Founding Story of Mother’s Day: Peace Plea Then, Peace Plea Now by Tisa M. Anders, PhD

Picture from Dan and Sarah's wedding

Anders’ husband, Anders, Dad and Mom Wolter, April 2012

The approach of Mother’s Day 2017 reminds me of the 19th-century peace origins of this holiday. In our hurting, broken world, may re-telling part of this story bring us hope and inspiration as we honor our mothers and the women who have nurtured us, past and present. In that vein, a special shout out to my dear mother-in-law, Helen Wolter! Definitely one of our earth angels.

Additionally,  I share part of my May 2014 blog, “Foremothers and Mothers of Peace: 19th-Century Message Continuing into the 21st Century.” Julia Ward Howe proposed Mother’s Day as a way to stop war and bring peace to our world. My biographical figure, L. Maria Child, knew Ward and spoke highly of her and peace as a way of life.

Origins of Mother’s Day 

Julia Ward Howe

Julia Ward Howe (Source: Public Domain)

At the end of the Civil War, 19th-century author and reformer, Julia Ward Howe (1819-1910), along with almost every other American woman (and man), had heavy hearts. The loss of husbands and sons in this horrible war seemed inconsolable. They did not want their nation or the world to ever again experience this kind of loss and trauma.

Consequently, in 1870, Howe sent out a plea:

Arise then…women of this day!

Arise, all women who have hearts!

Whether your baptism be of water or of tears!

Say firmly:

“We will not have questions answered by irrelevant agencies,

Our husbands will not come to us, reeking with carnage,

For caresses and applause.

Our sons shall not be taken from us to unlearn

All that we have been able to teach them of charity, mercy and patience.

She went on to call on all women to gather together to demand peace in our world:

 As men have often forsaken the plough and the anvil

At the summons of war,

Let women now leave all that may be left of home

For a great and earnest day of counsel.

Let them meet first, as women, to bewail and commemorate the dead.

Let them solemnly take counsel with each other ….

In the name of womanhood and humanity, I earnestly ask

That a general congress of women without limit of nationality,

May be appointed and held at someplace deemed most convenient

And the earliest period consistent with its objects,

To promote the alliance of the different nationalities,

The amicable settlement of international questions,

The great and general interests of peace.

Howe’s earnest plea planted the seeds for what we now know as Mother’s Day.

Julia Ward Howe’s Sister Reformer: L. Maria Child

Lydia Maria Child

Lydia Maria Child (Source: Public Doman)

I try to imagine how fellow women’s hearts stirred upon hearing Ms. Howe’s vital oration. My dissertation figure, L. Maria Child, knew her. In an 1870 letter to friend Eliza Scudder, Maria remarked: “Mrs. Howe talks sensibly and philosophically, and her manner is lady-like and dignified…” (488). In like manner to Howe, Maria was an influential activist and author, both roles spanning her entire adult life.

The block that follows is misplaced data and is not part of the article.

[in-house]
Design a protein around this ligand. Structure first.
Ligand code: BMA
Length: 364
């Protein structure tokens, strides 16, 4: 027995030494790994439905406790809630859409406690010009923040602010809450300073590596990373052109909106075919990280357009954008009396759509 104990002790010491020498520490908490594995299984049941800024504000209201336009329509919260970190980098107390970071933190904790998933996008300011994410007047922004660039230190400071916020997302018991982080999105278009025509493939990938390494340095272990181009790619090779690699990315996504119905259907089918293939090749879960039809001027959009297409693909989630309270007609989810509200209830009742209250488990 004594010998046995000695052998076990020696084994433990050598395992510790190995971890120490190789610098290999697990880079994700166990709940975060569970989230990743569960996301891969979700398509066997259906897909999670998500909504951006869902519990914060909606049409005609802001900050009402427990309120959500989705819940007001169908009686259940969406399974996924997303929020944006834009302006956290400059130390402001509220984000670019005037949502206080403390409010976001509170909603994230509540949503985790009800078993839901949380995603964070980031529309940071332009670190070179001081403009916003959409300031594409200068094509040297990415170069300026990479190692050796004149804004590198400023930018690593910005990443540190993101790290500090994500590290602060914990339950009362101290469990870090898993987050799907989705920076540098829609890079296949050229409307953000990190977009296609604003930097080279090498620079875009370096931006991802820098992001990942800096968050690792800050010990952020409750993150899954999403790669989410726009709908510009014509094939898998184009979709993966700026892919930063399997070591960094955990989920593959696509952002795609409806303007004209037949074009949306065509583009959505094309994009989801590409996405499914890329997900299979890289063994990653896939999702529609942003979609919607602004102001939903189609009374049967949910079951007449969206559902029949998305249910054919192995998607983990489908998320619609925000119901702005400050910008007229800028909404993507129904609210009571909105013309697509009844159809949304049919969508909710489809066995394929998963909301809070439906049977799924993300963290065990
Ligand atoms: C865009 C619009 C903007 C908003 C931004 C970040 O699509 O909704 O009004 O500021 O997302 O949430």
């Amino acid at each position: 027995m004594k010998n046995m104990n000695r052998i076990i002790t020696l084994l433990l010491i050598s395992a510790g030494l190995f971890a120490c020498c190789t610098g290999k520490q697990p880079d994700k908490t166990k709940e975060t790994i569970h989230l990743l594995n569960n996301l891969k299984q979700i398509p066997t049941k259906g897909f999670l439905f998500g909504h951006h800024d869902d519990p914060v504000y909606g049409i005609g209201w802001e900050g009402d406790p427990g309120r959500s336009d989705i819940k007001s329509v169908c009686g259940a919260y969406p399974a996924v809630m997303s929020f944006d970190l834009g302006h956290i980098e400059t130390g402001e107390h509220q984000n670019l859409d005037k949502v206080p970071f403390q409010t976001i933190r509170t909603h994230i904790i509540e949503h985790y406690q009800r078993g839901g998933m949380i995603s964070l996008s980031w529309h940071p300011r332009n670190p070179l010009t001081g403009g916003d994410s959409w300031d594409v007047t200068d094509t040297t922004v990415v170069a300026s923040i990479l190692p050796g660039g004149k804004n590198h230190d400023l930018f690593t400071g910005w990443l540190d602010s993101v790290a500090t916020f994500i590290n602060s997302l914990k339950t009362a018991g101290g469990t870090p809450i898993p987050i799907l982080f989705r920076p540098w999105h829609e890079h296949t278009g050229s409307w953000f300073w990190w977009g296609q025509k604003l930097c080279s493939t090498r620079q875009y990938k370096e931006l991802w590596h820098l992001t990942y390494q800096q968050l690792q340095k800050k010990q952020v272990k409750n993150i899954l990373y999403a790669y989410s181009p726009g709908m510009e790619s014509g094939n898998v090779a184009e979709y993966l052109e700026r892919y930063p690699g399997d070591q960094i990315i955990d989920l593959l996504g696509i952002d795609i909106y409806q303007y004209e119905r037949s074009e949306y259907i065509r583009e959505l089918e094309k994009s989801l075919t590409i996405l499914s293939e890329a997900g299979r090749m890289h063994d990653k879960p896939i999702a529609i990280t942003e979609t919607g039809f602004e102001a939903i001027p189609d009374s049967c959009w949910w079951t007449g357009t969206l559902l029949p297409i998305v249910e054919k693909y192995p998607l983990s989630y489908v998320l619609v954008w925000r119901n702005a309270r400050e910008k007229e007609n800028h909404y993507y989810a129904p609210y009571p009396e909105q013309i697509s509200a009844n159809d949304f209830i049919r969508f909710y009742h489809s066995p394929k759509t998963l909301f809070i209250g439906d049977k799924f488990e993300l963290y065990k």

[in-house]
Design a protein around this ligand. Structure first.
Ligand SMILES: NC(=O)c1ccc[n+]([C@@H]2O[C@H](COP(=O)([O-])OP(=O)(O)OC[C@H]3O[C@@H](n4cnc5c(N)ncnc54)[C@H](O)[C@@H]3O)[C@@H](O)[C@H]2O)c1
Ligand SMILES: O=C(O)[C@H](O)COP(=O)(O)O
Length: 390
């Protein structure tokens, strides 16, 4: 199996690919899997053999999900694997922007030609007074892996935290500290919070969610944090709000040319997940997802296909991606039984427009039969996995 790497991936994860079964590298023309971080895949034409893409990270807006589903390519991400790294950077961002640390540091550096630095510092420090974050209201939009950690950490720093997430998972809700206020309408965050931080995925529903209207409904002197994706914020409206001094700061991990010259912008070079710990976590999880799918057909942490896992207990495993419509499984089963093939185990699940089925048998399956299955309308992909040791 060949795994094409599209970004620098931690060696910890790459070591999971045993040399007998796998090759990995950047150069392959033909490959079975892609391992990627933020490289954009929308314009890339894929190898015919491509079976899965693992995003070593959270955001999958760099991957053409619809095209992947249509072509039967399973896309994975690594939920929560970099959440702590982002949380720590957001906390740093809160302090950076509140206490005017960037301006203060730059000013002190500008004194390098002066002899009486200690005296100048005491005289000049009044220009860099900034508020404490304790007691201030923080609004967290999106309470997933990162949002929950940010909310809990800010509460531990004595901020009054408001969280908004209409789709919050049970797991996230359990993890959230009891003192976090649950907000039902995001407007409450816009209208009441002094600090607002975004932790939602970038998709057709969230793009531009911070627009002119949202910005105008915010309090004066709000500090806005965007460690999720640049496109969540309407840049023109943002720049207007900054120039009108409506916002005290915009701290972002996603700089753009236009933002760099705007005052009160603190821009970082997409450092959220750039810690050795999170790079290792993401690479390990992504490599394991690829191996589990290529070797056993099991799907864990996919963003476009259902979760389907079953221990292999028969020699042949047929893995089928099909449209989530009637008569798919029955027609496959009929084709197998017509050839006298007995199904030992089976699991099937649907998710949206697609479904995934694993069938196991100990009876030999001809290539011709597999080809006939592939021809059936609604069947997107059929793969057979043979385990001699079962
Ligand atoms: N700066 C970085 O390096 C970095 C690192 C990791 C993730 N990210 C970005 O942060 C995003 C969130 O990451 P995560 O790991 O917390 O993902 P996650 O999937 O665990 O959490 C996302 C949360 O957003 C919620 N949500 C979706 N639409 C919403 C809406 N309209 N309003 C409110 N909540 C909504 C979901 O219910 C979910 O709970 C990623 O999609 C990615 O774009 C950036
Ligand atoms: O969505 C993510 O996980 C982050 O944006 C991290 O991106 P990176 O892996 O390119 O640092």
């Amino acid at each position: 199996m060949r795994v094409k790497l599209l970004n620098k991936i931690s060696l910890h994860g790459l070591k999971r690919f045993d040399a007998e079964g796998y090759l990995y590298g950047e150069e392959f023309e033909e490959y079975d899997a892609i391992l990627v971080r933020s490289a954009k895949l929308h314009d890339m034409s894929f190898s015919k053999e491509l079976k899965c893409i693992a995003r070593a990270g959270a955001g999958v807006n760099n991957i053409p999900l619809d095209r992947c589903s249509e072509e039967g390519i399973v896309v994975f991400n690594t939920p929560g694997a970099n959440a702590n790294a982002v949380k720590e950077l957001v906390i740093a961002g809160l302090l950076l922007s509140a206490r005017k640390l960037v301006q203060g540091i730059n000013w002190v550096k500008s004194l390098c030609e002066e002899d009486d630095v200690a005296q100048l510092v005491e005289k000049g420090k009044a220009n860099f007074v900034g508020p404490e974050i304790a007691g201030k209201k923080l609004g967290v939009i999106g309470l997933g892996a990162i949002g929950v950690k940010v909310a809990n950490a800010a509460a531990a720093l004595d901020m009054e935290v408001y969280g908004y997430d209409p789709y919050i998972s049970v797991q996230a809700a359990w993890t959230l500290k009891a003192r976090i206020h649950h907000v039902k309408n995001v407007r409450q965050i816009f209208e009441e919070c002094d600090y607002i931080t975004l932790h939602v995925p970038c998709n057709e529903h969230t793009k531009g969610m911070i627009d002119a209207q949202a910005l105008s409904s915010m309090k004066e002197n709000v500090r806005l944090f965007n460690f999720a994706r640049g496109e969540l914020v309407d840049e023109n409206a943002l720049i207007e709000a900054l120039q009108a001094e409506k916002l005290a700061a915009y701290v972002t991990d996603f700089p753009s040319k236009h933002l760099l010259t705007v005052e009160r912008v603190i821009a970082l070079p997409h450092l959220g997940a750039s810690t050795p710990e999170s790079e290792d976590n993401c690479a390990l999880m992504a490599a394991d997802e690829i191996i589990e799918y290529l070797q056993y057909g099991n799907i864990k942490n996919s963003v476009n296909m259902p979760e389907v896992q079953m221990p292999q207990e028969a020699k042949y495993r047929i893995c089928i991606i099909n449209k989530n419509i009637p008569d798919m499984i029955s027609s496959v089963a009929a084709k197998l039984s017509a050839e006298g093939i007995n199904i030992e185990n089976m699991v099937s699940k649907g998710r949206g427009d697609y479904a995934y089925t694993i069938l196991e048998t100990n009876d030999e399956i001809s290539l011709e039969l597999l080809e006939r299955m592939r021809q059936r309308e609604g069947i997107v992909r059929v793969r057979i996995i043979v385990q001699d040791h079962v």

While Maria acquiesced to the need for violence in the Civil War in order to end slavery, she never relinquished her commitment to peace principles. She discussed this with friend Joseph Dugdale in 1870:

On the subject of Peace my sentiments have known no change, except a deepening conviction of the wickedness, barbarism, and insane foolishness of war. … It is assumed that war settles questions of right; but the plain truth is, that nothing is ever settled by physical force. The settling has to be done afterward, by mutual treaties and laws; and it would be wiser, and cheaper, and far more kindly, to settle disputes in that way, with the omission of the monstrous prelude of blowing out one another’s brains (492-3).

She gave Christianity high praise for proclaiming the peace message: “War is so manifestly discordant with the Christian religion….For myself, I regard them [precepts of Christianity] as prophetic of the highest attainments of human nature… [which help] the fulfillment of that high prophecy, ‘Peace one earth and good will toward men” (493).

21st-Century Peace

This founding story is heart wrenching with its origins in the heavy losses of the Civil War. In our day and age, many feel a deep fear, sadness, and mournfulness. As with our 19th-century foremothers, may we transform these feelings into thought and action on the road to peace for ourselves, our loved ones, and our dear world.


About Tisa

Founded in 2007, Writing the World, LLC, provides writing and writing-related assistance, public speaking, and nonprofit services. For them, writing invites ideas, histories, connections, creations, dreams, and aspirations to come to life. They follow their Founder's, Tisa M. Anders', motto: As we write the world, may we also right it with justice, nonviolence, and peace. Anders brings her many years of professional expertise to the service of the general public and academia in this sacred process of writing: over 20 years' experience as a published author, independent scholar, and executive manager in the nonprofit arena.
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